Angel City FC’s journey started following the US Women’s National Team’s 2019 World Cup victory. The triumph, which garnered record viewership, alongside movements for gender and pay equity, propelled the creation of the club has obtained attention since it was awarded expansion license for the 2022 season back in 2020.

Capitalising on the World Cup momentum and data indicating strong fan interest in women’s sports, the group established Angel City FC, confident in the increasing value and growth potential.

Angel City FC’s business strategy in sports is truly pioneering. By implementing creative revenue models, including distinctive sponsorship arrangements and a dedication to community investment, the club has shown that supporting women’s sports holds significant, untapped commercial potential. It is important to highlight that the club’s sponsorship model, which allocates 10% of sponsorship dollars back into the community.

Rocky Rodriguez headers the ball
Image credit: NWSL website

This approach has redirected over $4.5 million into the community, forging partnerships with Hollywood A-listers and influential activists like Uzo Aduba, Jessica Chastain, Jennifer Garner, and Eva Longoria, are amongst an ownership group over 100 strong, most of whom are women.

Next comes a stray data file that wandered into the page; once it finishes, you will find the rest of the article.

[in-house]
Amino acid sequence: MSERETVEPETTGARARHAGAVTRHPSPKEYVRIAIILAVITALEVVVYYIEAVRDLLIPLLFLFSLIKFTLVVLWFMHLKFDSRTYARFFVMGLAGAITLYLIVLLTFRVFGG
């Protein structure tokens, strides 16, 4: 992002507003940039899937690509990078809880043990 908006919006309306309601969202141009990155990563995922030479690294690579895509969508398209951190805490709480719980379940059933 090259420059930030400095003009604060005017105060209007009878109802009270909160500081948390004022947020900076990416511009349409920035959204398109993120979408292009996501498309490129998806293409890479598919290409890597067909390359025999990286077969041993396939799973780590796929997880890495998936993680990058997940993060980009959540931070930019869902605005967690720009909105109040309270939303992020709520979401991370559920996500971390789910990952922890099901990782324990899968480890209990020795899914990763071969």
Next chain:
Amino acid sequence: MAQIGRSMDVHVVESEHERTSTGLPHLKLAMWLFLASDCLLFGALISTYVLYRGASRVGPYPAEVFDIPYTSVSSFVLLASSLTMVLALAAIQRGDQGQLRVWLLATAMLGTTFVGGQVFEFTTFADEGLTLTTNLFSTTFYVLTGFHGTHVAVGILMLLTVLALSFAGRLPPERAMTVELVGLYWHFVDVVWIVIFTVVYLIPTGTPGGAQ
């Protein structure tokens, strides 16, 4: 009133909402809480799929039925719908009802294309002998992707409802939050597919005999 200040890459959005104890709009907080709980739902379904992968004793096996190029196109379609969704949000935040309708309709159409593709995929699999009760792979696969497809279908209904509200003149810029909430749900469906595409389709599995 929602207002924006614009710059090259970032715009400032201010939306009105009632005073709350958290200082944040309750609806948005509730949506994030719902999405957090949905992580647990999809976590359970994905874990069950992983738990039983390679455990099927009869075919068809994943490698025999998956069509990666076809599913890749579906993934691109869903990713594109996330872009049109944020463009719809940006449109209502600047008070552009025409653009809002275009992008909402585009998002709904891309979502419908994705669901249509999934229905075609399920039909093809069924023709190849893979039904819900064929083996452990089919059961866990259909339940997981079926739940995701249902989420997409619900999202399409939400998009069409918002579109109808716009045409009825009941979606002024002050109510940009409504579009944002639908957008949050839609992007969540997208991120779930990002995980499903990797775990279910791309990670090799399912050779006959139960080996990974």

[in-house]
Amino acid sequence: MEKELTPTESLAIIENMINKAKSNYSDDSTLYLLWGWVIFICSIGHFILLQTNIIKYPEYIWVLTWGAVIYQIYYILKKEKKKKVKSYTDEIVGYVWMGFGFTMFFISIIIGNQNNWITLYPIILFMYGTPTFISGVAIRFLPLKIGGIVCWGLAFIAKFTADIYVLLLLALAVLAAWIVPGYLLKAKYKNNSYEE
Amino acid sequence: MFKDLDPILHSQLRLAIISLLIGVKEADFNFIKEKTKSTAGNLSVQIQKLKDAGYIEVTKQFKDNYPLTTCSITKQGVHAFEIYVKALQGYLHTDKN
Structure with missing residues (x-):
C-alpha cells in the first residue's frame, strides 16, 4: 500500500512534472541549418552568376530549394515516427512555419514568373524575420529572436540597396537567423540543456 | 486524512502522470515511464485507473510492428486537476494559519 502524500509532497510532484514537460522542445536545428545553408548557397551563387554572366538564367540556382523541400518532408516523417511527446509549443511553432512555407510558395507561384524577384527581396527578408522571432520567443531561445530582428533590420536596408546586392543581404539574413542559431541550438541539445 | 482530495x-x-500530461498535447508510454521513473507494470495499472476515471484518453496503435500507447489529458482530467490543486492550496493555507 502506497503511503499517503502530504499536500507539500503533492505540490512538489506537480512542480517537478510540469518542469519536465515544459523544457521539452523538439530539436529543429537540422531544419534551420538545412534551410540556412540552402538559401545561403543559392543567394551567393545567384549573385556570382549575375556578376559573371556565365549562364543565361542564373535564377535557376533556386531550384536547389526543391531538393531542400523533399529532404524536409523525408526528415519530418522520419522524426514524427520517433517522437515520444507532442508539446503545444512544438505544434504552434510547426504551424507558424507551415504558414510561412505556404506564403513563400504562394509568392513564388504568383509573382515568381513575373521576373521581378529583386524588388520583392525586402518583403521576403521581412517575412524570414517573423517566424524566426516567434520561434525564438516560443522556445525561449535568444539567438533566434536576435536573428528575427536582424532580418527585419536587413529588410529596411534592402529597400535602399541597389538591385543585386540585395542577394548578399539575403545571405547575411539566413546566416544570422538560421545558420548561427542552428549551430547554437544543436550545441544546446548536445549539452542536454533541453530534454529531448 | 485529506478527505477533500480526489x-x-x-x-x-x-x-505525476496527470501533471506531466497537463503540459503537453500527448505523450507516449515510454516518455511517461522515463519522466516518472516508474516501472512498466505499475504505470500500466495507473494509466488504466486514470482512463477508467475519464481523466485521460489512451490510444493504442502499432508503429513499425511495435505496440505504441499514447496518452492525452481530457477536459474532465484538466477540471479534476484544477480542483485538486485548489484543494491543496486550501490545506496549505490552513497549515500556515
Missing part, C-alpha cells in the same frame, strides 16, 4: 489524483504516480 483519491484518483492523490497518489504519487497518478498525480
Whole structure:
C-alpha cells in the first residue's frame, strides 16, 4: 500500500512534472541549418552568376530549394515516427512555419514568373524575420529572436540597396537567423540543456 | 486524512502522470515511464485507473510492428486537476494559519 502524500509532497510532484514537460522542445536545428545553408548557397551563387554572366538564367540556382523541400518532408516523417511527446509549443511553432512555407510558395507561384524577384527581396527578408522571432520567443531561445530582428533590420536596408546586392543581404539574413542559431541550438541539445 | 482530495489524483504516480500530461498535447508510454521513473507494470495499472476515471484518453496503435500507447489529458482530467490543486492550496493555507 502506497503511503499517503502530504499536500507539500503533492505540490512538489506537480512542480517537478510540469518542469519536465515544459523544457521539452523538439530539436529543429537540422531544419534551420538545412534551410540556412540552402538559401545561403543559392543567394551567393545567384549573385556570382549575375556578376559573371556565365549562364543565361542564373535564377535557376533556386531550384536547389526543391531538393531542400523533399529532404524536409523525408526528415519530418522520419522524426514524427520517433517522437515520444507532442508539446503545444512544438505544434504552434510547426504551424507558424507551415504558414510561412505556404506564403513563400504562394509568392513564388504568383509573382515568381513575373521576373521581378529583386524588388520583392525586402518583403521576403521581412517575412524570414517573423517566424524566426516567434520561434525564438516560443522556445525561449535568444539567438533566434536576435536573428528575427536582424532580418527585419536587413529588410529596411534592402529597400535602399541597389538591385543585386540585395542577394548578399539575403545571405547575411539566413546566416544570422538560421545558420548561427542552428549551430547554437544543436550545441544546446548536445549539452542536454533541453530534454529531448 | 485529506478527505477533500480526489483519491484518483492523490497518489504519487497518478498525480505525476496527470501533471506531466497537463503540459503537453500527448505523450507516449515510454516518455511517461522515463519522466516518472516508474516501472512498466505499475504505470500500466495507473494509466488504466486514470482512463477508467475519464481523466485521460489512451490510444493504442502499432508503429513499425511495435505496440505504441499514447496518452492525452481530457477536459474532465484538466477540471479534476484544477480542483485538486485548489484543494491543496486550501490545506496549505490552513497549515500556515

Through a new partnership with HubSpot, Angel City FC will support women athletes via a fund dedicated to post-retirement education and entrepreneurship endeavours. Emphasising revenue sharing and community reinvestment, Angel City FC persistently adopts a groundbreaking approach to achieve commercial success while advancing its broader mission.

Central to Angel City’s mission is the community it serves and builds. In its brief existence, the club has successfully cultivated a diverse and inclusive fan base, resulting in unprecedented support and engagement.

Angel City’s impressive 90% season ticket holder retention rate and strategic, values-aligned sponsorships further attest to the club’s success in community building. “How do we leave the community better than when we started?” Uhrman emphasises as a key question the club seriously contemplates with each partnership opportunity.

Consider the partnership with Sprouts Farmers Market. Through this collaboration, the club focuses on nutrition and education, partnering with two local schools to create gardens and host free monthly farmers markets benefiting the community. Additionally, an education program teaches children about nutrition and the importance of developing strong bodies, further enhancing the impact of the Sprouts partnership.

While Sportico reported that for the clubs first season in 2022, the new entity had already been valued at more than $150m approximately, Angel City’s average crowd attendance for the 2022 and 2023 seasons at BMO stadium had surpassed Sydney FC’s attendance during the 2022/23 A-League Men season by approximately 3000, which led the competition.